The southern African nation of Zimbabwe has been dealing with an outbreak of typhoid since early November 2011. With reportedly 30 to 50 new cases a day, the total case count has surpassed 1,500*.
According to the GlobalPost, the outbreak has been traced back to meat and fish sold by street vendors in open-air markets. The food products were contaminated by Salmonella typhi, the bacteria which cause typhoid. The real problem, however, seems to be the poor water sanitation infrastructure.
As previously reported in The Disease Daily, typhoid fever is usually transmitted through contaminated food or drink. The city of Harare and its surrounding areas have long suffered water shortages as well as broken drains and pipes. Disputes have surfaced over access to the city’s limited boreholes. Those that cannot reach the boreholes resort to digging shallow wells that can easily be contaminated by infected fecal matter.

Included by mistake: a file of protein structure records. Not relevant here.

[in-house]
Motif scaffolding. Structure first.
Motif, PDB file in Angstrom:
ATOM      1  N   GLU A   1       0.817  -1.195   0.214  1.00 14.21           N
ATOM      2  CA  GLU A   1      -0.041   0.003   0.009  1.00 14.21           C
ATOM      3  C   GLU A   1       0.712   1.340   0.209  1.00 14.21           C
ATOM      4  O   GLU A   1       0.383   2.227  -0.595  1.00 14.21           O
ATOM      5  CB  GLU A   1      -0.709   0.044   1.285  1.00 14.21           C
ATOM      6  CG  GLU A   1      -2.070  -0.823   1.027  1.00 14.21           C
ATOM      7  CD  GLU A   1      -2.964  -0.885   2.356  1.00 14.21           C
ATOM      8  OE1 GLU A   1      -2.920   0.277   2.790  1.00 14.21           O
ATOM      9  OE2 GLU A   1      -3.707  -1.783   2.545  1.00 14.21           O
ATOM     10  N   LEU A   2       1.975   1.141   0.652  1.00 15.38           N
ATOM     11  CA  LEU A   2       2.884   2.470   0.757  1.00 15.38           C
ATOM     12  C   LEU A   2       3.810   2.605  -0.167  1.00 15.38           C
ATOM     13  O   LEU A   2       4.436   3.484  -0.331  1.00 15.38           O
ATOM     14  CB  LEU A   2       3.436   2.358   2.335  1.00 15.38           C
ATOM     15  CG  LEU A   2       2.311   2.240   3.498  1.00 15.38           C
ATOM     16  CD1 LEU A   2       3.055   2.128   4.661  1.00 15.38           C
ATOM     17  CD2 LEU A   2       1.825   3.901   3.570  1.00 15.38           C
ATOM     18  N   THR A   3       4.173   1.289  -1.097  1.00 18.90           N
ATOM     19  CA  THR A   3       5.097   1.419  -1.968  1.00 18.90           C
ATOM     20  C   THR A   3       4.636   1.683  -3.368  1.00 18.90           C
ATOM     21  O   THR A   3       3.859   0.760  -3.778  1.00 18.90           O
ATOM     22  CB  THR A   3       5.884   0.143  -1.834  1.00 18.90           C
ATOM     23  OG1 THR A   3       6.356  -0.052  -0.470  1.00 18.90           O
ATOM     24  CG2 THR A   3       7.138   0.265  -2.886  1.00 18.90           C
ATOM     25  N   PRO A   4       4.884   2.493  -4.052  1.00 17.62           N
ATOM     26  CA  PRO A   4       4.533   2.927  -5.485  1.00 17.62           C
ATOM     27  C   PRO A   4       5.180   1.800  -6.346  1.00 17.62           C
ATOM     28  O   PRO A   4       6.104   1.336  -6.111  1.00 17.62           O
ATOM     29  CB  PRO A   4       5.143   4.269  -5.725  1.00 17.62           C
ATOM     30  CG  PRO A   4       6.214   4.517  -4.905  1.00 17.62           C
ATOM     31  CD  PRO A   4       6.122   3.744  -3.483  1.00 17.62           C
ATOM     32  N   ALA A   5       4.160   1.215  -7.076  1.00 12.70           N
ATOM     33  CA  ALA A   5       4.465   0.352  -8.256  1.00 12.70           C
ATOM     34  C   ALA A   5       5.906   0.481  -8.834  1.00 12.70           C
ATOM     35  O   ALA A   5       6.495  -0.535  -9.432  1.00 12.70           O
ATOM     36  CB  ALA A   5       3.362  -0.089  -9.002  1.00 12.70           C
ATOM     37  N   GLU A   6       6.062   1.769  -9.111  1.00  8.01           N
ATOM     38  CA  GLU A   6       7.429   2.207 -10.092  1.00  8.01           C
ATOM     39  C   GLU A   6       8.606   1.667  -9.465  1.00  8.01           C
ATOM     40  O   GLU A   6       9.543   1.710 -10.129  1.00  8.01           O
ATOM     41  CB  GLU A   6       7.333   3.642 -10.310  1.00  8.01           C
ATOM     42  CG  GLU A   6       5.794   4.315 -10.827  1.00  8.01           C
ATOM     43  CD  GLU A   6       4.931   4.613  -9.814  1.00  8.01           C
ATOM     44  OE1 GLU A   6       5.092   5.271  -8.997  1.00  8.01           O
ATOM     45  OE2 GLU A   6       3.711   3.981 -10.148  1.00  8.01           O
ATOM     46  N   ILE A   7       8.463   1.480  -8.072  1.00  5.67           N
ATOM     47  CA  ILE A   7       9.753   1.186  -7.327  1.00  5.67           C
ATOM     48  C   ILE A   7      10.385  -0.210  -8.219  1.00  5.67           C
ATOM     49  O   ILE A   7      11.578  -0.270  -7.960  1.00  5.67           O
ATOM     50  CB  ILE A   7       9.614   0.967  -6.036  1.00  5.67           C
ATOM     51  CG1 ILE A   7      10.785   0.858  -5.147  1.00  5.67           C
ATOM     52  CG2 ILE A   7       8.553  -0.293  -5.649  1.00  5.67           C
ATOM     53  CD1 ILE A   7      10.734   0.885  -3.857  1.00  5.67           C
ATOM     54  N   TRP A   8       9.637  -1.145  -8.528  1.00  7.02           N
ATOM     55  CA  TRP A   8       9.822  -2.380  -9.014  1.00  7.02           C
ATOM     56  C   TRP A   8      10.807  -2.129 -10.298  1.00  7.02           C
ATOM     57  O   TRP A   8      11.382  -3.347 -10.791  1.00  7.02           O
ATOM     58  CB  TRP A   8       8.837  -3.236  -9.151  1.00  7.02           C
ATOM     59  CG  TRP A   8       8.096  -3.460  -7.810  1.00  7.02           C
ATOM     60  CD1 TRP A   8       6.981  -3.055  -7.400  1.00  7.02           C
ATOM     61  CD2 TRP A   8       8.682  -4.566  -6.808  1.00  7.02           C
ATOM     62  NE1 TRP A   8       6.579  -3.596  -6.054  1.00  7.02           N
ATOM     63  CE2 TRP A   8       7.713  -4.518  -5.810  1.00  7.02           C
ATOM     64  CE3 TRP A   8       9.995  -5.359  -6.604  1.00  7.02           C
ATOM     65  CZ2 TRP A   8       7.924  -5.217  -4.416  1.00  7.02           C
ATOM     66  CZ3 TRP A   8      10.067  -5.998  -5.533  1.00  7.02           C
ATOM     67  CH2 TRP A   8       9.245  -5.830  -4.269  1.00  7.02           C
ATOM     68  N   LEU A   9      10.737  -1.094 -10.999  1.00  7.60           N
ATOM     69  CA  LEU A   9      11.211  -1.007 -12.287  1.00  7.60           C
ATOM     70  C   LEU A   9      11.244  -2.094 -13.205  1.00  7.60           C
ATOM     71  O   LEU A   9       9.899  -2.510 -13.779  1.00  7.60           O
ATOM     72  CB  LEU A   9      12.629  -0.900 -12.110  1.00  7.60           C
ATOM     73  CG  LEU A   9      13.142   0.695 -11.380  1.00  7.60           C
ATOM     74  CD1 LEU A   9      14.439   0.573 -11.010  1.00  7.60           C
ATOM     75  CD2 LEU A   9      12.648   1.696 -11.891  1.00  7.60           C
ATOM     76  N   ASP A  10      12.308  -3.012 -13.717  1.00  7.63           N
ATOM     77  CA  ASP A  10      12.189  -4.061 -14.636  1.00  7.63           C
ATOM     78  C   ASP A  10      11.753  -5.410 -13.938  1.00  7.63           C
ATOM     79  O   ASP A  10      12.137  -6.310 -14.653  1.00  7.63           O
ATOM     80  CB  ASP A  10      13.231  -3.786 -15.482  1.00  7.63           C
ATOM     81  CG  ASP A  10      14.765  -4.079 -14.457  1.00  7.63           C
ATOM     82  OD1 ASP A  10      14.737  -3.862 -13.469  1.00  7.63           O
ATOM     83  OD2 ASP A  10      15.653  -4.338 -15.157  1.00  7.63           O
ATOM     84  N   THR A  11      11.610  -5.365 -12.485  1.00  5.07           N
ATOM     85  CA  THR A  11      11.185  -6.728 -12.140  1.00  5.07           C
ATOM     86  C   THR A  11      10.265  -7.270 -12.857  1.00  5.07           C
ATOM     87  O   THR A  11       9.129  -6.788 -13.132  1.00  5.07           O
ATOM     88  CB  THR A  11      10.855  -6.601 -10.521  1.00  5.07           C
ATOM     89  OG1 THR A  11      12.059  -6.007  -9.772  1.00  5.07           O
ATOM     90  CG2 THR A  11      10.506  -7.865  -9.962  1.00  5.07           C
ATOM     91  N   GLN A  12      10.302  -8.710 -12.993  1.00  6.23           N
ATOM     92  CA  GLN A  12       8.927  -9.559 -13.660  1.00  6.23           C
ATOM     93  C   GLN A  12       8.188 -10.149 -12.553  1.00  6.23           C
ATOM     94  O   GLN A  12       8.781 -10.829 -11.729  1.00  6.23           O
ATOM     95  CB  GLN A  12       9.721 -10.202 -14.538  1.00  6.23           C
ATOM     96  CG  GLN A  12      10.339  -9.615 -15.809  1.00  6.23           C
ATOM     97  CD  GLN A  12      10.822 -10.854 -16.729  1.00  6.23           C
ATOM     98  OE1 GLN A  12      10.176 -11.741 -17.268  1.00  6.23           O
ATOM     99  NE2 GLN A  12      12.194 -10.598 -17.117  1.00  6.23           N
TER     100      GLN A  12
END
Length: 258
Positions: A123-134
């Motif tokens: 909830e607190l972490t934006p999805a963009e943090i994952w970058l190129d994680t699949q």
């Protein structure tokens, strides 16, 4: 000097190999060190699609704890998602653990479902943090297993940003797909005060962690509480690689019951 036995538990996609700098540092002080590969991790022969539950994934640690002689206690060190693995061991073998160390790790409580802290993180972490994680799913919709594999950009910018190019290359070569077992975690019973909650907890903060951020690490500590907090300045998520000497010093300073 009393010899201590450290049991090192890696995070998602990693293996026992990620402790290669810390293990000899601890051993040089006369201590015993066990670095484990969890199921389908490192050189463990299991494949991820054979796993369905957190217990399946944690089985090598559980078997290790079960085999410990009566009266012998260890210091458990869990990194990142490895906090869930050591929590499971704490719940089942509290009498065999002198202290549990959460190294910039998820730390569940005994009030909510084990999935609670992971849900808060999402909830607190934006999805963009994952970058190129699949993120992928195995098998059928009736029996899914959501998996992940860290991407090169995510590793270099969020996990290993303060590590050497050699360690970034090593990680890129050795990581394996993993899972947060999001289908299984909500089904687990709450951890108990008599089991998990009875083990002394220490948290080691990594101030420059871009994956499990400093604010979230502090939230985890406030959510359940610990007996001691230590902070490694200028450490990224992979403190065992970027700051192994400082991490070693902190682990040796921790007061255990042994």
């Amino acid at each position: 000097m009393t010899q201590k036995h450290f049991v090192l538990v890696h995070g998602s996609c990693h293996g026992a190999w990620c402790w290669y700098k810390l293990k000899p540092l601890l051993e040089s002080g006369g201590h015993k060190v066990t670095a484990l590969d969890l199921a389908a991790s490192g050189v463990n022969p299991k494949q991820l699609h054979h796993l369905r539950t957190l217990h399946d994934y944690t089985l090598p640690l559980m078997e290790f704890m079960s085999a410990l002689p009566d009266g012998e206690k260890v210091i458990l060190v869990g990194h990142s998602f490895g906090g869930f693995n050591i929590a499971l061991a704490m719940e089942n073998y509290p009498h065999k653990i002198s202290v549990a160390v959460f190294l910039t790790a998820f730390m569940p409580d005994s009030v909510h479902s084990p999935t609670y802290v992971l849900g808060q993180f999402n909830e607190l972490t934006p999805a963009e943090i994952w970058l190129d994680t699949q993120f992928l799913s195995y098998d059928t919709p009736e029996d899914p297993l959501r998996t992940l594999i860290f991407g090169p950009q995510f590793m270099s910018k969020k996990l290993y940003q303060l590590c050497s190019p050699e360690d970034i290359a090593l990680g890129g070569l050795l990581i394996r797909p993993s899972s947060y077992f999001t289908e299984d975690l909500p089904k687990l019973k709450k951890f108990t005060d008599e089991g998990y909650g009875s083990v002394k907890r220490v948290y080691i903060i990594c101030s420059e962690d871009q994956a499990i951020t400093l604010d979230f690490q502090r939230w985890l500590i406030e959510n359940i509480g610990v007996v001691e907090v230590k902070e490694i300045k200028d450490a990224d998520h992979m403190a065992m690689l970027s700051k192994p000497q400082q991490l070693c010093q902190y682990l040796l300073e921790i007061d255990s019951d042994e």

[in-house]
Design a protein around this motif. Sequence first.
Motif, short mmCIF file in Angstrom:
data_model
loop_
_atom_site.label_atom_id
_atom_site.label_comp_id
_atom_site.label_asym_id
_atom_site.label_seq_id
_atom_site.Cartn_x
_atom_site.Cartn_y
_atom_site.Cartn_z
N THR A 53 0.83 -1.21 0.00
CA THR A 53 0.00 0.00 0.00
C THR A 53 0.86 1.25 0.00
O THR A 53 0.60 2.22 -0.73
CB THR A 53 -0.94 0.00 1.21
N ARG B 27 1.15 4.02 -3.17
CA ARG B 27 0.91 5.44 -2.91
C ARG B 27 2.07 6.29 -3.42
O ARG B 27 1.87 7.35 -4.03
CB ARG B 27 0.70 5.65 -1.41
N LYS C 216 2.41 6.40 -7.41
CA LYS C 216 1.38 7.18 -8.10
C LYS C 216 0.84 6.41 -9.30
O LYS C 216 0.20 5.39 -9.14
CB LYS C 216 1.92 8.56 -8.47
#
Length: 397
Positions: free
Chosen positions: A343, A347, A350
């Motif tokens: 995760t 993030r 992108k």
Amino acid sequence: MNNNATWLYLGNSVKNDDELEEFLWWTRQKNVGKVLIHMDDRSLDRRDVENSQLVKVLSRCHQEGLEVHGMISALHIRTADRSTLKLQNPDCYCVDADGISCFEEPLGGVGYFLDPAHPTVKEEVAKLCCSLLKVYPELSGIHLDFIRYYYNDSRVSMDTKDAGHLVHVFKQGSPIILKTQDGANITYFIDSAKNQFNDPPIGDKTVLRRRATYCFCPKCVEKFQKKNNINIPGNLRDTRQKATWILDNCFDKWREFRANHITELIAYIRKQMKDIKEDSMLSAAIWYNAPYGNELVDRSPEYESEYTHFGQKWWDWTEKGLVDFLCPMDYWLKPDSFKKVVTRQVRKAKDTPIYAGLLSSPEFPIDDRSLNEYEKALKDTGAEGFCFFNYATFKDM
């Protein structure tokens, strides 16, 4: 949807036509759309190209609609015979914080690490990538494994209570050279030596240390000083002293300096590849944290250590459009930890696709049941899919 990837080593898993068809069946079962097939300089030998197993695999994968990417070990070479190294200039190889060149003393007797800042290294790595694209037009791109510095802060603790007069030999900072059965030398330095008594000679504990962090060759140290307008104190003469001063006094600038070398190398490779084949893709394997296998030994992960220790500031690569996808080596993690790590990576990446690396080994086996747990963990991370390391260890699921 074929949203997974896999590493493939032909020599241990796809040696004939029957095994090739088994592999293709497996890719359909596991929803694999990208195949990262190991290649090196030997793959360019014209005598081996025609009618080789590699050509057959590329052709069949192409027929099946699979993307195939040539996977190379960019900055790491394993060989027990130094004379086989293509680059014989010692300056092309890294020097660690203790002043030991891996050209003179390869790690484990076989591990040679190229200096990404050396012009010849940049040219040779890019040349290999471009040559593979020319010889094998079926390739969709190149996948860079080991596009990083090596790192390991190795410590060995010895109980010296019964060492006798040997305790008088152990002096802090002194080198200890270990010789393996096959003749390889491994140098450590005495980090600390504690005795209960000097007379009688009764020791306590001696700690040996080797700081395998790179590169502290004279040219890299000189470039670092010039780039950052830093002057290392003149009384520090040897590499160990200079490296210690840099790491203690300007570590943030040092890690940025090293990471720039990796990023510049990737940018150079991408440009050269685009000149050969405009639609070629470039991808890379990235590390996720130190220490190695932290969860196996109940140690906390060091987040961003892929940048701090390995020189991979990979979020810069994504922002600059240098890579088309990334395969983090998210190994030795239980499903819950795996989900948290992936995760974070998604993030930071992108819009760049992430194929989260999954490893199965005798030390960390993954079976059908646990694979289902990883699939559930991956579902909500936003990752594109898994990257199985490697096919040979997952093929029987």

Once infected with Salmonella typhi, it may take up to three weeks for symptoms to appear. Symptoms of typhoid fever include fever, stomach pains, loss of appetite and a rash of rose-colored spots. Typhoid fever is relatively common in developing nations. To avoid being infected, the CDC recommends that you avoid risky food and water and get vaccinated.
In response to the outbreak in Zimbabwe, city officials are campaigning to close open-air markets, to reduce the water distributed in wealthier neighborhoods, and to increase the clean water distributed in poorer townships. According to a city official from Harare, the “wealthy can afford to buy [clean] water,” whereas those in the poorer neighborhoods cannot.
Groups such as the Combined Harare Residents Association insist that efforts to close the public markets and redistribute water are “misdirected.” Health Minister Dr. Henry Madzorera appeals to the government to focus on the improvement of the water sanitation infrastructure.
The fear pervading through Harare and surrounding areas is that the poor water sanitation and spread of water-borne diseases will result in another cholera outbreak. Zimbabwe suffered through an outbreak in 2009, in which more than 4000 people died.
*case count reports from this week have ranged from 900 – 1,500